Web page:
Heroes themselves bear these psychopsiritual winds about them-given context by their individual self and their grasp of the world, it blows through the world, preceeding them as a sort of "coming around" the nature of the world, a Hero's perception becoming the way you think, the way you understand the world. A Hero reflects the realm they claimed as defintion-a the eye of a psychic storm that dares to make the world over in it's own image.

    The Bones of What You Believe-Okay, Basic Framework of Heroic Lair Time

    Okay, so the in-universe stuff is all well and fin, but what does Heroic Lair, in plain speak, do? Well, we'll get there, but first, let's lay out how it works on it' basics.

    Lair is a powerstat for Heroes as much as it is for Beasts, but even on this front it's a mistake to think it's the same. Heroes can gain Lair up to 5, but may temporarily raise it up by 4 points through the process of [REDACTED], even above the limit of 5**. Heroes can only raise their lair through the murder of Beasts, much like how they gain Gifts. The limit of Attributes doesn't interfere with how Gifts might provide Attributes, so if a gift raises a Hero's strength to 6, it's not stopped, but otherwise Heroes have a cap of 5 like humans. Heroes don't have Chambers or Lair Traits, though if they are ever in their Heart, they are not subject to the Lair Trait of it. Lair does effect a Hero's Satiety in the same way it would effect a Beast.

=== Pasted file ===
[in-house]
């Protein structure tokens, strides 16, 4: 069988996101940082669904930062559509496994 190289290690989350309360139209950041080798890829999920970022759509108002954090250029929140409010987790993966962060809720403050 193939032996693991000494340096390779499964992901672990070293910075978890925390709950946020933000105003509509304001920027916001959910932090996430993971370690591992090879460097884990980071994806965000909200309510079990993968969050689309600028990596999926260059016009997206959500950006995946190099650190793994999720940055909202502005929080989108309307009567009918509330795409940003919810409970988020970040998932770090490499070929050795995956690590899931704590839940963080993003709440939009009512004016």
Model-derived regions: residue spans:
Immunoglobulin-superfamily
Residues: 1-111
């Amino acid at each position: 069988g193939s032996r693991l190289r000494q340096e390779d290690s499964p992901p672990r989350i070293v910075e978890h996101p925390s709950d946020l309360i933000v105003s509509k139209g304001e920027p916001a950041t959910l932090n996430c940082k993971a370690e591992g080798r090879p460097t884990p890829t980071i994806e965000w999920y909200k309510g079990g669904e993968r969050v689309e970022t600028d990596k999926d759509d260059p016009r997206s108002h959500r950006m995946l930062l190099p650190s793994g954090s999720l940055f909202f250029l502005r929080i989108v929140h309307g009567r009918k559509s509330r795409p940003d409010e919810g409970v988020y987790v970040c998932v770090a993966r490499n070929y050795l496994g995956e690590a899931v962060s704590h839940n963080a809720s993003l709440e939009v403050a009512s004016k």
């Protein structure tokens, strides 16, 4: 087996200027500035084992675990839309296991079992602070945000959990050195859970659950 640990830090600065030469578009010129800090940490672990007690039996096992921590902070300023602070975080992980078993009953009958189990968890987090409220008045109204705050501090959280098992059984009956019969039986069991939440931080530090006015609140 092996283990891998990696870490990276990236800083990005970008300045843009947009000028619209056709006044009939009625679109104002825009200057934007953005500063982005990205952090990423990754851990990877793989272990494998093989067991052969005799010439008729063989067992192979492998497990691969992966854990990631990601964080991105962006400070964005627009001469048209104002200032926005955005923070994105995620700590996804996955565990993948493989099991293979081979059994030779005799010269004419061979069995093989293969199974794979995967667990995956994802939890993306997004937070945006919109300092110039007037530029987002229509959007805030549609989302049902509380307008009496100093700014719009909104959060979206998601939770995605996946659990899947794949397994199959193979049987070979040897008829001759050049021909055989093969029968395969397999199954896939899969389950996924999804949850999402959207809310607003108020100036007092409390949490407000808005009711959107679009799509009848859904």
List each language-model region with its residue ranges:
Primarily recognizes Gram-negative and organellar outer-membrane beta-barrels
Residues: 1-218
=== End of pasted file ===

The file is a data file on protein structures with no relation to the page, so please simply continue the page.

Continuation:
Heroes are driven to build Lair in the same way a Beast does-having this as a moment of satisfying self-"actualization", the need to self-"transcend" becomes a need to meet, and this manifests with a Hero going forth to be the exemplar of their own world view that will bring others into their wisdom and understanding, and inevitably will bring their metaphysical weight to bear against beasts as the blatant antithesis of the Hero-even if , on all other counts, the Beast agrees with them, that a Beast has accepted their fear means they are fundamentally opposed to a Hero.

    Okay, so that's the basics covered? Okay.

    Let's get to bending the world.

    The World As Self, the Self As World-Heroic Lair Traits

    Heroic Lair primarily manifests in two ways-The Hero's Journey, or Waymaking, and Boons of the Goddess, or simply Boons.